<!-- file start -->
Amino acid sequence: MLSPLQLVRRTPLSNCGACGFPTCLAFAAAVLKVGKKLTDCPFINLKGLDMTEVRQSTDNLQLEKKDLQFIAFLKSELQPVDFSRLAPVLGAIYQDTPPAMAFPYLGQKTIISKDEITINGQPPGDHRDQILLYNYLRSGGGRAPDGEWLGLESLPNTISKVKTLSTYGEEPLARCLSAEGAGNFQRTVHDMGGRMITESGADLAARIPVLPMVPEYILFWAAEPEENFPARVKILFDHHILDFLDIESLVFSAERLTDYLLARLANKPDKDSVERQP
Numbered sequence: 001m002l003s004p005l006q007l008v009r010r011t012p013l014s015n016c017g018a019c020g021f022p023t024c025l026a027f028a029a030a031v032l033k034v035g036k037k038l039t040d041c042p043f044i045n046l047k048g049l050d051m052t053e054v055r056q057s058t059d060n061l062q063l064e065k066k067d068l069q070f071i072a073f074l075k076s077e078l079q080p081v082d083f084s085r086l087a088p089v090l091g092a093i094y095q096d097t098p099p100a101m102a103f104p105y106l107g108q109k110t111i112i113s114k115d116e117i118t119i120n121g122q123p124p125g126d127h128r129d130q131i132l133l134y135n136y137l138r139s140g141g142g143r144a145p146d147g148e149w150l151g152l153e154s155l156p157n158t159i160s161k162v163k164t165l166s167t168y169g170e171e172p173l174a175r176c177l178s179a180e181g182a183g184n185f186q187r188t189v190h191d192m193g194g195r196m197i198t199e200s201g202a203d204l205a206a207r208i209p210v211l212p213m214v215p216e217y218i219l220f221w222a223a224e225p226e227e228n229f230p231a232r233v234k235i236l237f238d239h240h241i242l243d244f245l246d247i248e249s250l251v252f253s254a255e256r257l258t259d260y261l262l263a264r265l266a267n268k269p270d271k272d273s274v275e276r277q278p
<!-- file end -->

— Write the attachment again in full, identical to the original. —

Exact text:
Amino acid sequence: MLSPLQLVRRTPLSNCGACGFPTCLAFAAAVLKVGKKLTDCPFINLKGLDMTEVRQSTDNLQLEKKDLQFIAFLKSELQPVDFSRLAPVLGAIYQDTPPAMAFPYLGQKTIISKDEITINGQPPGDHRDQILLYNYLRSGGGRAPDGEWLGLESLPNTISKVKTLSTYGEEPLARCLSAEGAGNFQRTVHDMGGRMITESGADLAARIPVLPMVPEYILFWAAEPEENFPARVKILFDHHILDFLDIESLVFSAERLTDYLLARLANKPDKDSVERQP
Numbered sequence: 001m002l003s004p005l006q007l008v009r010r011t012p013l014s015n016c017g018a019c020g021f022p023t024c025l026a027f028a029a030a031v032l033k034v035g036k037k038l039t040d041c042p043f044i045n046l047k048g049l050d051m052t053e054v055r056q057s058t059d060n061l062q063l064e065k066k067d068l069q070f071i072a073f074l075k076s077e078l079q080p081v082d083f084s085r086l087a088p089v090l091g092a093i094y095q096d097t098p099p100a101m102a103f104p105y106l107g108q109k110t111i112i113s114k115d116e117i118t119i120n121g122q123p124p125g126d127h128r129d130q131i132l133l134y135n136y137l138r139s140g141g142g143r144a145p146d147g148e149w150l151g152l153e154s155l156p157n158t159i160s161k162v163k164t165l166s167t168y169g170e171e172p173l174a175r176c177l178s179a180e181g182a183g184n185f186q187r188t189v190h191d192m193g194g195r196m197i198t199e200s201g202a203d204l205a206a207r208i209p210v211l212p213m214v215p216e217y218i219l220f221w222a223a224e225p226e227e228n229f230p231a232r233v234k235i236l237f238d239h240h241i242l243d244f245l246d247i248e249s250l251v252f253s254a255e256r257l258t259d260y261l262l263a264r265l266a267n268k269p270d271k272d273s274v275e276r277q278p